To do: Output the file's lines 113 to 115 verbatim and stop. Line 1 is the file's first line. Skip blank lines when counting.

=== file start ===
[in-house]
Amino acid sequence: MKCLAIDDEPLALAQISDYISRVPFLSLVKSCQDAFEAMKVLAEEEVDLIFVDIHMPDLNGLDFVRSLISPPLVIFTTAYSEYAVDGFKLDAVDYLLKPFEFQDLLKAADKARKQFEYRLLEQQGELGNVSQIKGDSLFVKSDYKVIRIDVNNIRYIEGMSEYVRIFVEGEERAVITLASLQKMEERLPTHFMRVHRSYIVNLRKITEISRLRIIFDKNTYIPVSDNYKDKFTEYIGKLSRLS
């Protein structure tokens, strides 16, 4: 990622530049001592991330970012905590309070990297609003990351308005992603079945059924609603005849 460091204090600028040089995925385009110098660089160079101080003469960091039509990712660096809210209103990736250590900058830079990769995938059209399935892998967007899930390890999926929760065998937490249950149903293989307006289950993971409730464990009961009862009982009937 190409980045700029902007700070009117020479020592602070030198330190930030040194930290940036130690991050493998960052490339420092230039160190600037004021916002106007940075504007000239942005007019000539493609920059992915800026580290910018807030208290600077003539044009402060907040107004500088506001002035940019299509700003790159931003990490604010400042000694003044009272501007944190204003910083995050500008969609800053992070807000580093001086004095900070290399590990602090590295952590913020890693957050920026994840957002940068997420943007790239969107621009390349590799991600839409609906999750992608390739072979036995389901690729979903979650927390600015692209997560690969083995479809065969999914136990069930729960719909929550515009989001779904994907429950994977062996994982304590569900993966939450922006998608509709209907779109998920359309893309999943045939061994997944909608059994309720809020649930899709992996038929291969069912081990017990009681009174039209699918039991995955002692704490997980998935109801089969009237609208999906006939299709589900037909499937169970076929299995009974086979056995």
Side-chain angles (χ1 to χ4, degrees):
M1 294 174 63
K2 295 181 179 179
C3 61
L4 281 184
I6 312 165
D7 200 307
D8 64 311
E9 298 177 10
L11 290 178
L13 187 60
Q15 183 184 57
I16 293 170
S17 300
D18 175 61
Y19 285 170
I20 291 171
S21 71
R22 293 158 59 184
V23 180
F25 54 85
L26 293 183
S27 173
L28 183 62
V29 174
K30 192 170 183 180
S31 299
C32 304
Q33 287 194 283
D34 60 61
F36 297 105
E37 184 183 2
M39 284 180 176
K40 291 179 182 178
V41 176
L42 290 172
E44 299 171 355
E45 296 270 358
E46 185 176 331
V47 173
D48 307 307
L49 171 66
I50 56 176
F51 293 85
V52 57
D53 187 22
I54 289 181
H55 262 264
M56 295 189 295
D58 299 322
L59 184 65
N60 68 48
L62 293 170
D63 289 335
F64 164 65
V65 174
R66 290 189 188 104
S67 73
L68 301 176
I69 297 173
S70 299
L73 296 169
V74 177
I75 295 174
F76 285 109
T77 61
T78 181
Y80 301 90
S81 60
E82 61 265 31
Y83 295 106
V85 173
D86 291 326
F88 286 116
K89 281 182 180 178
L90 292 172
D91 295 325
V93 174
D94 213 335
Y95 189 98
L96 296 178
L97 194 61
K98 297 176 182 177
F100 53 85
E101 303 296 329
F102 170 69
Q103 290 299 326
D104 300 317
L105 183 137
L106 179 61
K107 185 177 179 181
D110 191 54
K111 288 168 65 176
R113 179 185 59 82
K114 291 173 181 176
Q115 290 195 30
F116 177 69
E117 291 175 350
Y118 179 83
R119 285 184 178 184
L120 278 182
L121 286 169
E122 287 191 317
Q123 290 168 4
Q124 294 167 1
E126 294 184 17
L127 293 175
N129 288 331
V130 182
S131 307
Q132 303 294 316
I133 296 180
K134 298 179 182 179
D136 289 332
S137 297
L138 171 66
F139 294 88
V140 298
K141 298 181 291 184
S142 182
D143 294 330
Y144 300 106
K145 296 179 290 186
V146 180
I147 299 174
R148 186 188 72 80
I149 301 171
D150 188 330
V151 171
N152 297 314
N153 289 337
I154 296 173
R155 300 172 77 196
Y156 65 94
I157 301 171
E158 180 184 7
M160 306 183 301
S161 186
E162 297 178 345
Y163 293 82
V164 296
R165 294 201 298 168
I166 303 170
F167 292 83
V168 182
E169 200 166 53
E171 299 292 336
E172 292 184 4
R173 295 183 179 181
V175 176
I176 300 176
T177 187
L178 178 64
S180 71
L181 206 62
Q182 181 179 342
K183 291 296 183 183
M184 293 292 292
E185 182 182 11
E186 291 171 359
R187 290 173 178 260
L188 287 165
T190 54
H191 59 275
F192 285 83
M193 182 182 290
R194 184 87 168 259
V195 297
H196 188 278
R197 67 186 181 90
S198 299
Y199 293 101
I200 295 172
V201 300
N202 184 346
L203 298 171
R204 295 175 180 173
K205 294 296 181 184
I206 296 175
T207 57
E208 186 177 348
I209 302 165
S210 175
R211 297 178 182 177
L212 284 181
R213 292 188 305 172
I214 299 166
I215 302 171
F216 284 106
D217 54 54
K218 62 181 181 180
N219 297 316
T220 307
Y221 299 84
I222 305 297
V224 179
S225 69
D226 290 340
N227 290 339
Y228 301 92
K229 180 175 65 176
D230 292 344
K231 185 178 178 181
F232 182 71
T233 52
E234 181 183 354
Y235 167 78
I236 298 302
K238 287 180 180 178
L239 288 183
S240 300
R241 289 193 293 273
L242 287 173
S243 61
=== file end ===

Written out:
S131 307
Q132 303 294 316
I133 296 180